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Ventura County

Flynn May Seek 8th Term Despite Vow to Latinos

Supervisors: Many Oxnard political leaders in the county official's district feel it's time for a change after 26 years.

June 28, 2002|CATHERINE SAILLANT | TIMES STAFF WRITER

Reneging on an earlier pledge to Oxnard's Latino leaders, Ventura County Supervisor John Flynn said Thursday he "still has fire in the belly" and will very likely seek reelection for an eighth term.

"If I do change my mind, it won't be the first time," said Flynn, 69, who has held the Oxnard-based office for 26 years. "If it means violating the pledge, then that's what it means."

Flynn is midway through a seventh term. Another run in 2004 would most likely galvanize a core of top Oxnard political leaders, many of them Latino, who believe it's time for a change in the 5th Supervisorial District. Latinos make up 65% of the district.

"There is a desire for a Latino supervisor in that district, no question about it," said Hank Lacayo, former chairman of the county's Democratic Party and outgoing president of El Concilio, a Latino advocacy group. "It's not a secret. But they have to pick a person who Latinos may go for."

One contender could be Oxnard Councilman John Zaragoza, who said he has been approached several times about running for the position and "has not ruled it out."

Other names frequently cited are Francisco Dominguez, who unsuccessfully challenged Flynn in his last election, community college district trustee Art Hernandez and Jess Herrera, a Port of Hueneme commissioner.

Several community leaders said Flynn promised during the 2000 election to step down midterm and hand his seat to Herrera. Flynn acknowledged making the statement but said, "It was on the spur of the moment; I'm not going to step down."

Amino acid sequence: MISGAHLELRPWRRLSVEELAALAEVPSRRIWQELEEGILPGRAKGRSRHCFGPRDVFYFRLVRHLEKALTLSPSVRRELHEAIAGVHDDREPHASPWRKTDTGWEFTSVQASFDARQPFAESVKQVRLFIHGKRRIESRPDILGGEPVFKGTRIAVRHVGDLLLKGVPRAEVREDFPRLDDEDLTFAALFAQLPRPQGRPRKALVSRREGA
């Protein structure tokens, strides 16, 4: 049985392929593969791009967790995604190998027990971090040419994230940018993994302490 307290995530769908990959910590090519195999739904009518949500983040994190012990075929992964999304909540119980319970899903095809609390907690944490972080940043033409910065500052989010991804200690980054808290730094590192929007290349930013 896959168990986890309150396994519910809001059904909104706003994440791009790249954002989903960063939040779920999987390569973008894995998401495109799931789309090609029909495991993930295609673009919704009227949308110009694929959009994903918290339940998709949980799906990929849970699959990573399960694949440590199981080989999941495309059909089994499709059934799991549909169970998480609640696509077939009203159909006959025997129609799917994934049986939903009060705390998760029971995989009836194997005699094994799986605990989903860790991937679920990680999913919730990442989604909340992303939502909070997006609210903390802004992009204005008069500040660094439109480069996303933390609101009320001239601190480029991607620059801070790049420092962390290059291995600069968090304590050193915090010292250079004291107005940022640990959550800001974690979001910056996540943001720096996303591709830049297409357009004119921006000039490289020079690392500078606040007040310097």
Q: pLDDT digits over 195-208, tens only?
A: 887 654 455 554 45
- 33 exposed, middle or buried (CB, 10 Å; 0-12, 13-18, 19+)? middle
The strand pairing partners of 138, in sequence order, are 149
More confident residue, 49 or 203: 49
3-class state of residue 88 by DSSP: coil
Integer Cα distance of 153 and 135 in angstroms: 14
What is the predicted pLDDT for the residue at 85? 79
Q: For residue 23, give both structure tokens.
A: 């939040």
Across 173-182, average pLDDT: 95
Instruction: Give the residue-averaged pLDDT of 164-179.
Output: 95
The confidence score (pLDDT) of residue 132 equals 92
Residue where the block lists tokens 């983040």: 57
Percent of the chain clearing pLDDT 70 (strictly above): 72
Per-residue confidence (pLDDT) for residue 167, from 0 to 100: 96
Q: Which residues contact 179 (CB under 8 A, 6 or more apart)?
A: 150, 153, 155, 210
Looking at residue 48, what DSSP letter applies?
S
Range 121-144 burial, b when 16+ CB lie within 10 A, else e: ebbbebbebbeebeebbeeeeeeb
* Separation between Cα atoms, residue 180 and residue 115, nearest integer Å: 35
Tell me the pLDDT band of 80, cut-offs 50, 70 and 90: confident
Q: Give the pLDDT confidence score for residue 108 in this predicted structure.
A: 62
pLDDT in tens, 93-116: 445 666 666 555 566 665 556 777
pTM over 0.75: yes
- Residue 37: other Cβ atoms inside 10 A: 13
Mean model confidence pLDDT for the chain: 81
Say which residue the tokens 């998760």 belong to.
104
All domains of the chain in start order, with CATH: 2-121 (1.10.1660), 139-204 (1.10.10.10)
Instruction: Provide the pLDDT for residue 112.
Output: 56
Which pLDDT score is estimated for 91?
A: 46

The possibility of another Flynn run comes in the wake of a messy public feud between the supervisor and Irma Lopez, an influential fund-raiser and wife of Oxnard Mayor Manuel Lopez.

Lopez filed a police report Monday contending Flynn had verbally threatened her at a Democratic Party barbecue last weekend. Lopez said Flynn shouted, "I'm gonna get you!" as she was leaving the party.

Flynn disputes making such a threat and says Lopez and others are trying to discredit him because they want a Latino to fill his seat.

On Thursday, Oxnard Police Chief Art Lopez said the incident is being investigated and will be referred next week to the district attorney's office for review.

"That's based on the fact that we had a criminal threat and that she has asked for a restraining order," said Lopez, who is not related to Irma Lopez.

Flynn issued a statement Thursday acknowledging, "I have on some occasions lost my temper." But he held his ground on his grievance with Lopez.

"I am sorry that I may have offended some, but [Lopez's] comments appearing in the newspapers simply are untrue."

Flynn's mercurial temper is legendary. Employees at the County Government Center, his colleagues on the Board of Supervisors and reporters have all been the target of a Flynn tongue-lashing over the years.

But he usually gets over it quickly and makes a joke to smooth over ruffled feelings. He often jokes he is the only politician in Ventura County who has had to apologize to every other politician.

Although Flynn said he intended to step down after his current term, he said he is rethinking that position because people keep urging him to run again.

"A lot of it depends on how my health is," Flynn said, "whether or not I think it is time for me to leave this job. It may well be. But I don't want to leave under this situation, where people are trying to embarrass me and force me out."

Latino leaders have tried to win Flynn's cooperation in stepping down, in part because they know it will be difficult to dislodge him.

Dominguez, his opponent two years ago, received 35% of the vote to Flynn's 53%.

"I never underestimate John Flynn's ability to overcome adversity," Lacayo said.

"I call him the Kenny Hahn of Ventura County. Because Kenny Hahn [the late Los Angeles County supervisor] had the same problems representing a black district. But when it came down to the polls, it was impossible to beat him," he said.

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